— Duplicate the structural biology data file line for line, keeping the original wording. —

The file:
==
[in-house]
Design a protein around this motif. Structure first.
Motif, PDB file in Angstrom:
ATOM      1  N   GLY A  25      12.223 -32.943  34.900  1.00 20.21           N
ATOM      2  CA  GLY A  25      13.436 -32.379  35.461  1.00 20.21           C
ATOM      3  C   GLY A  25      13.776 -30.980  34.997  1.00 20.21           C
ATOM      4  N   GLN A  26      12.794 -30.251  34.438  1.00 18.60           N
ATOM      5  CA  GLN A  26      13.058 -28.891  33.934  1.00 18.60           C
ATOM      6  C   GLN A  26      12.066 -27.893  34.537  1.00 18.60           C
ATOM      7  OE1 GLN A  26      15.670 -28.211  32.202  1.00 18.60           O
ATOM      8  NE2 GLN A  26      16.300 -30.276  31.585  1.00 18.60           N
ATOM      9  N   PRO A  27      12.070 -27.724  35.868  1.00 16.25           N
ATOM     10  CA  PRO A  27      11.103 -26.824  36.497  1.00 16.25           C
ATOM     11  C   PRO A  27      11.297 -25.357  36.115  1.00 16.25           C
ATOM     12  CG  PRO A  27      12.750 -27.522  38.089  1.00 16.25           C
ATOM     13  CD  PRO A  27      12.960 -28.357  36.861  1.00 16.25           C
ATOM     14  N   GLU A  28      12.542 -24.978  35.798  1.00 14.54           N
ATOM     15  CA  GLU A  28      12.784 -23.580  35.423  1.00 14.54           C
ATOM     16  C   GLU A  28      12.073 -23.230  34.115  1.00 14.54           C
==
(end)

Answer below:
[in-house]
Design a protein around this motif. Structure first.
Motif, PDB file in Angstrom:
ATOM      1  N   GLY A  25      12.223 -32.943  34.900  1.00 20.21           N
ATOM      2  CA  GLY A  25      13.436 -32.379  35.461  1.00 20.21           C
ATOM      3  C   GLY A  25      13.776 -30.980  34.997  1.00 20.21           C
ATOM      4  N   GLN A  26      12.794 -30.251  34.438  1.00 18.60           N
ATOM      5  CA  GLN A  26      13.058 -28.891  33.934  1.00 18.60           C
ATOM      6  C   GLN A  26      12.066 -27.893  34.537  1.00 18.60           C
ATOM      7  OE1 GLN A  26      15.670 -28.211  32.202  1.00 18.60           O
ATOM      8  NE2 GLN A  26      16.300 -30.276  31.585  1.00 18.60           N
ATOM      9  N   PRO A  27      12.070 -27.724  35.868  1.00 16.25           N
ATOM     10  CA  PRO A  27      11.103 -26.824  36.497  1.00 16.25           C
ATOM     11  C   PRO A  27      11.297 -25.357  36.115  1.00 16.25           C
ATOM     12  CG  PRO A  27      12.750 -27.522  38.089  1.00 16.25           C
ATOM     13  CD  PRO A  27      12.960 -28.357  36.861  1.00 16.25           C
ATOM     14  N   GLU A  28      12.542 -24.978  35.798  1.00 14.54           N
ATOM     15  CA  GLU A  28      12.784 -23.580  35.423  1.00 14.54           C
ATOM     16  C   GLU A  28      12.073 -23.230  34.115  1.00 14.54           C